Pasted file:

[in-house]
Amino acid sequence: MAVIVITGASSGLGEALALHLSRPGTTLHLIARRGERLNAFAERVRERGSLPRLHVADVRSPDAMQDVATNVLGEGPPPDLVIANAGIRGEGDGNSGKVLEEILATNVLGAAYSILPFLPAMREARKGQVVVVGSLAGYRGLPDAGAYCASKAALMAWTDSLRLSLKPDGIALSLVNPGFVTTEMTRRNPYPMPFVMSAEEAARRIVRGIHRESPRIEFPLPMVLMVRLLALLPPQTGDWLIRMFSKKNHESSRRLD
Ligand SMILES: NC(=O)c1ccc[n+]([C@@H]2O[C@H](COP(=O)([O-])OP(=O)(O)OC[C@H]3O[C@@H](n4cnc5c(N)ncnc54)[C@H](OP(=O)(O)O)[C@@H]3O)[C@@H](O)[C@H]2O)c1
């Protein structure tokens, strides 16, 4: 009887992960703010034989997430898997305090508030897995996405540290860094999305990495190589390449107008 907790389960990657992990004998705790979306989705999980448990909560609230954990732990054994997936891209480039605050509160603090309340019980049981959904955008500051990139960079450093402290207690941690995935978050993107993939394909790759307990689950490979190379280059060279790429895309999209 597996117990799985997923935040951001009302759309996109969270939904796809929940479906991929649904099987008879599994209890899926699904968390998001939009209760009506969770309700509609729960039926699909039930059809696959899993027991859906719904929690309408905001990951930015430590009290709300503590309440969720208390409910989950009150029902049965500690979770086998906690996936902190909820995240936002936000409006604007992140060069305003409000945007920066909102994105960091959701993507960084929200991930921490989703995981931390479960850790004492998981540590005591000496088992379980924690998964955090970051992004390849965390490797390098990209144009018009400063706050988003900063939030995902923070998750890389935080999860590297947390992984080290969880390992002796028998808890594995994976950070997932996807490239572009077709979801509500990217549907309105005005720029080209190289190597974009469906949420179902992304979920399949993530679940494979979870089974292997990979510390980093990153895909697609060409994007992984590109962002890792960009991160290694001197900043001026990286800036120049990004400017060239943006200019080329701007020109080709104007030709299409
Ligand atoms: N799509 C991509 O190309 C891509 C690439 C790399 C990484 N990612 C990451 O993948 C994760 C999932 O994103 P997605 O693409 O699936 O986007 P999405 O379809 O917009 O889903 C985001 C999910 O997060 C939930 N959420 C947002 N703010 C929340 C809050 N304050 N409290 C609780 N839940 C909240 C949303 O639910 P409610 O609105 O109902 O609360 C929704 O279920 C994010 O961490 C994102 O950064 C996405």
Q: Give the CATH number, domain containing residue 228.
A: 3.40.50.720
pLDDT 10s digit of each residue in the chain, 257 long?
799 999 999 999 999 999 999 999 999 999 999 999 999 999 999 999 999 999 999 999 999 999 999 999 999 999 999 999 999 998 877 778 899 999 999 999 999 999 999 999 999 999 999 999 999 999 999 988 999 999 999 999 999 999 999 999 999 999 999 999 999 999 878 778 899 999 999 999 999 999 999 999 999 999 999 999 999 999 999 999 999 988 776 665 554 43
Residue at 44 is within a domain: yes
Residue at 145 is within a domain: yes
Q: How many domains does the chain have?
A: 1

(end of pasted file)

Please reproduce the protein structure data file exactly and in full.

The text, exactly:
[in-house]
Amino acid sequence: MAVIVITGASSGLGEALALHLSRPGTTLHLIARRGERLNAFAERVRERGSLPRLHVADVRSPDAMQDVATNVLGEGPPPDLVIANAGIRGEGDGNSGKVLEEILATNVLGAAYSILPFLPAMREARKGQVVVVGSLAGYRGLPDAGAYCASKAALMAWTDSLRLSLKPDGIALSLVNPGFVTTEMTRRNPYPMPFVMSAEEAARRIVRGIHRESPRIEFPLPMVLMVRLLALLPPQTGDWLIRMFSKKNHESSRRLD
Ligand SMILES: NC(=O)c1ccc[n+]([C@@H]2O[C@H](COP(=O)([O-])OP(=O)(O)OC[C@H]3O[C@@H](n4cnc5c(N)ncnc54)[C@H](OP(=O)(O)O)[C@@H]3O)[C@@H](O)[C@H]2O)c1
């Protein structure tokens, strides 16, 4: 009887992960703010034989997430898997305090508030897995996405540290860094999305990495190589390449107008 907790389960990657992990004998705790979306989705999980448990909560609230954990732990054994997936891209480039605050509160603090309340019980049981959904955008500051990139960079450093402290207690941690995935978050993107993939394909790759307990689950490979190379280059060279790429895309999209 597996117990799985997923935040951001009302759309996109969270939904796809929940479906991929649904099987008879599994209890899926699904968390998001939009209760009506969770309700509609729960039926699909039930059809696959899993027991859906719904929690309408905001990951930015430590009290709300503590309440969720208390409910989950009150029902049965500690979770086998906690996936902190909820995240936002936000409006604007992140060069305003409000945007920066909102994105960091959701993507960084929200991930921490989703995981931390479960850790004492998981540590005591000496088992379980924690998964955090970051992004390849965390490797390098990209144009018009400063706050988003900063939030995902923070998750890389935080999860590297947390992984080290969880390992002796028998808890594995994976950070997932996807490239572009077709979801509500990217549907309105005005720029080209190289190597974009469906949420179902992304979920399949993530679940494979979870089974292997990979510390980093990153895909697609060409994007992984590109962002890792960009991160290694001197900043001026990286800036120049990004400017060239943006200019080329701007020109080709104007030709299409
Ligand atoms: N799509 C991509 O190309 C891509 C690439 C790399 C990484 N990612 C990451 O993948 C994760 C999932 O994103 P997605 O693409 O699936 O986007 P999405 O379809 O917009 O889903 C985001 C999910 O997060 C939930 N959420 C947002 N703010 C929340 C809050 N304050 N409290 C609780 N839940 C909240 C949303 O639910 P409610 O609105 O109902 O609360 C929704 O279920 C994010 O961490 C994102 O950064 C996405």
Q: Give the CATH number, domain containing residue 228.
A: 3.40.50.720
pLDDT 10s digit of each residue in the chain, 257 long?
799 999 999 999 999 999 999 999 999 999 999 999 999 999 999 999 999 999 999 999 999 999 999 999 999 999 999 999 999 998 877 778 899 999 999 999 999 999 999 999 999 999 999 999 999 999 999 988 999 999 999 999 999 999 999 999 999 999 999 999 999 999 878 778 899 999 999 999 999 999 999 999 999 999 999 999 999 999 999 999 999 988 776 665 554 43
Residue at 44 is within a domain: yes
Residue at 145 is within a domain: yes
Q: How many domains does the chain have?
A: 1